By: Ben Brown
Due to the distancing requirements of COVID-19, many people aren’t able to work out their competitive muscles playing pick up basketball at a park, playing football with their friends, or engaging in club sports. For some people, this means they simply lost the will to push themselves in a competitive setting, but for senior Thomas Ortiz, the pandemic only succeeds in aiding his rise to success on the Disc Golf scene.
Ortiz told the torch that his passion for disc golf arose out of the ashes of his former frisbee fondness, ultimate frisbee. Ultimate Frisbee is a very close contact sport, where you’re constantly in someone’s face trying to block them or steal their catch. With COVID-19, ultimate frisbee became a thing of the past, and Ortiz needed a new obsession.
“With a frisbee shaped hole in my heart, disc golf seemed to be the perfect fit, and it was,” says Ortiz. “Disc Golf is the perfect pandemic sport. You can play by yourself and it will still be a great time or you can play with friends. It’s very easy to maintain 6 feet while playing disc golf due to the nature of where the disc lands, it usually forces people to be 6 feet apart.”
To an outsider, it would seem that there isn’t much to disc golf. Simply throw a frisbee into a basket right? It may be a surprise to know that each disc actually has its own set of stats (aerodynamics, glide, tendency of lateral disc motion during first stage of airtime) that are dictated by a numerical value, so each disc requires a different set of skills.
“With so many different combinations of numbers with 4 different defining qualities of a disc, there are a lot of discs to master,” says Ortiz. “Everytime I get a new disc it feels like a challenge to me to see how far I can push the disc to make it do what I need to do.”
A big part of Ortiz’s love for disc golf are the people he plays with. He plays with his friend/disc rival, Dylan Henson, as well as their youth pastor, Colt Stubblefield.
“(Colt) is a big motivation for us to get better, because he is light years better than us,” says Ortiz. “Although, Colt has been playing for almost 13 years longer than us.
This group didn’t exist on it’s own though. Someone had to bring them together. Although Dylan Hensen is athletic, he had no interest in disc golf until Ortiz introduced him to it.
“Thomas is the one who got me into disc golf,” says Henson. “I’d never really been interested in it prior to playing with Thomas, but I decided I’d give it a shot. Thomas inspires me by creating this competitive atmosphere that I thrive off of, Thomas makes a good shot, I have to follow up with a better one.”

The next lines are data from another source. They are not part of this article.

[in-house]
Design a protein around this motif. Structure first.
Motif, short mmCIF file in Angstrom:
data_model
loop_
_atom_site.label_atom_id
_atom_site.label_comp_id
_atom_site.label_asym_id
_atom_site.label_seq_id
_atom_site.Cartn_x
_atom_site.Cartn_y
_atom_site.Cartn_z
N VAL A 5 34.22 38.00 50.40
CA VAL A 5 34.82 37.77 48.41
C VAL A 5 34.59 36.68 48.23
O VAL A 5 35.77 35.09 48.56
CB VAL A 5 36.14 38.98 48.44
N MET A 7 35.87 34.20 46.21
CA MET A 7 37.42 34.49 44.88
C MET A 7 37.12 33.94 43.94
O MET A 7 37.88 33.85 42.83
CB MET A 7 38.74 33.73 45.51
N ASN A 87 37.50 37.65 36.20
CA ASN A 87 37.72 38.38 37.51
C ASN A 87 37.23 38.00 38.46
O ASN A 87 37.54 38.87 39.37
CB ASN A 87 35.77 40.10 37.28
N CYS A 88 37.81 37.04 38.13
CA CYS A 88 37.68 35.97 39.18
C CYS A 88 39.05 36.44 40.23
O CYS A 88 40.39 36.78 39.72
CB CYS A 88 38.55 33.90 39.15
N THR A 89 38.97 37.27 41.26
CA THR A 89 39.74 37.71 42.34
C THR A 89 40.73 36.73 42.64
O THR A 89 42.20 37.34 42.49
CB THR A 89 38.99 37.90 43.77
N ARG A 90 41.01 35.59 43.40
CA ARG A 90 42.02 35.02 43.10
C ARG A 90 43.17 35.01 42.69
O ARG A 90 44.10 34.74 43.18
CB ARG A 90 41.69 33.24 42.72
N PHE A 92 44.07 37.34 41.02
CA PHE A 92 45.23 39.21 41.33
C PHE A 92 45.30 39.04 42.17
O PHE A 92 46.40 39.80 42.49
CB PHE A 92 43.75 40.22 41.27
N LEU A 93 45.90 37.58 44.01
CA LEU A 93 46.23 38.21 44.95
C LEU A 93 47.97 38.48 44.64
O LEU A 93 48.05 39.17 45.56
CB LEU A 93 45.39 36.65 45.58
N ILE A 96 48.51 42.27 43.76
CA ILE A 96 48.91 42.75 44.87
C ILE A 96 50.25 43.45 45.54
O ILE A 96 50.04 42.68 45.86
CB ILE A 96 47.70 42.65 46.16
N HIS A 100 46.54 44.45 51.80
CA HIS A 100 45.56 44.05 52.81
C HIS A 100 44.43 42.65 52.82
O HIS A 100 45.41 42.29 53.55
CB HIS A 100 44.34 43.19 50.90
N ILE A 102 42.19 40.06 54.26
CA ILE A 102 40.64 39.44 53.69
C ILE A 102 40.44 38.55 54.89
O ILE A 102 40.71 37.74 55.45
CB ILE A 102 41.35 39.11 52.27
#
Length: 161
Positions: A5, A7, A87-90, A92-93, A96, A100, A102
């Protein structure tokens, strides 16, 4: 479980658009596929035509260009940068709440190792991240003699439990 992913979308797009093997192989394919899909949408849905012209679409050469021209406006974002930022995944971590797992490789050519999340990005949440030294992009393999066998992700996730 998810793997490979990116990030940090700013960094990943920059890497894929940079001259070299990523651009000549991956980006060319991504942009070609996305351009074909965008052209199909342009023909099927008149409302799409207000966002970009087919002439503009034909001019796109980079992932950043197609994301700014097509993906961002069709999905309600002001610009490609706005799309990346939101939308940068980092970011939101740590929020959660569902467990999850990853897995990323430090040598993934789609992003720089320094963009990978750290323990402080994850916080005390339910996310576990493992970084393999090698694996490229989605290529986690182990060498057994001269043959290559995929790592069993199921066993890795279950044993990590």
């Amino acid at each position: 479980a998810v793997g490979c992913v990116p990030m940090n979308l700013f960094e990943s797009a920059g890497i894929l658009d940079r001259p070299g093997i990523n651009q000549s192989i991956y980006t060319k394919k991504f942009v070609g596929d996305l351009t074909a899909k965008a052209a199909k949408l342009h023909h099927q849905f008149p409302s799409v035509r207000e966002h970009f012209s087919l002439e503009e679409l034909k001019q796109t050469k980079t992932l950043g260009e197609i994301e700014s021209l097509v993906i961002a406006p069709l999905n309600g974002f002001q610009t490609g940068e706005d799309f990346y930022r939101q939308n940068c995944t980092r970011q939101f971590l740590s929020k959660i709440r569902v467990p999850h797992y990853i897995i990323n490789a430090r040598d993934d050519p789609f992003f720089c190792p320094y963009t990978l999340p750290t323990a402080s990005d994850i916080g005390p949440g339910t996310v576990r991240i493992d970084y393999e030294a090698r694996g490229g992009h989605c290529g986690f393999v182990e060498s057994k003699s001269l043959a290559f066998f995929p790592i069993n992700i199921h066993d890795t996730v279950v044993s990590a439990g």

This rivalry isn’t one sided either. Both Ortiz and Henson felt the need to comment on it when asked how they improve their game.
“My friend Dylan and I are pretty equally matched,” says Ortiz. “Dylan is most likely going to be a D1 athlete for football or baseball, so having him as my equal is a huge motivation to get better.”
“I feel like his biggest strength is his mental game,” says Henson. “He tries to get in your head, he makes you reconsider how you want to approach the basket, which typically disrupts your next throw before you even pick up the disc.”
Another aspect of Ortiz’s love for disc golf is the community. Since the beginning, he’s loved meeting members of the community and learning what they have to teach.
“Every interaction I have had was very positive,” says Ortiz. “The people I’ve met don’t care how skilled you are, they are just happy that the disc community is growing. People are always happy to help you with any information you could need.”
Thomas Ortiz is living proof that there’s some people a pandemic simply can’t stop. If their passion is restricted because of a virus, people like Ortiz will find a new virus-proof hobby. Not only does Ortiz push himself to get better, he pushes people like Dylan Henson and others in his community to get better alongside him, proving that even from six feet apart, people can still get better together.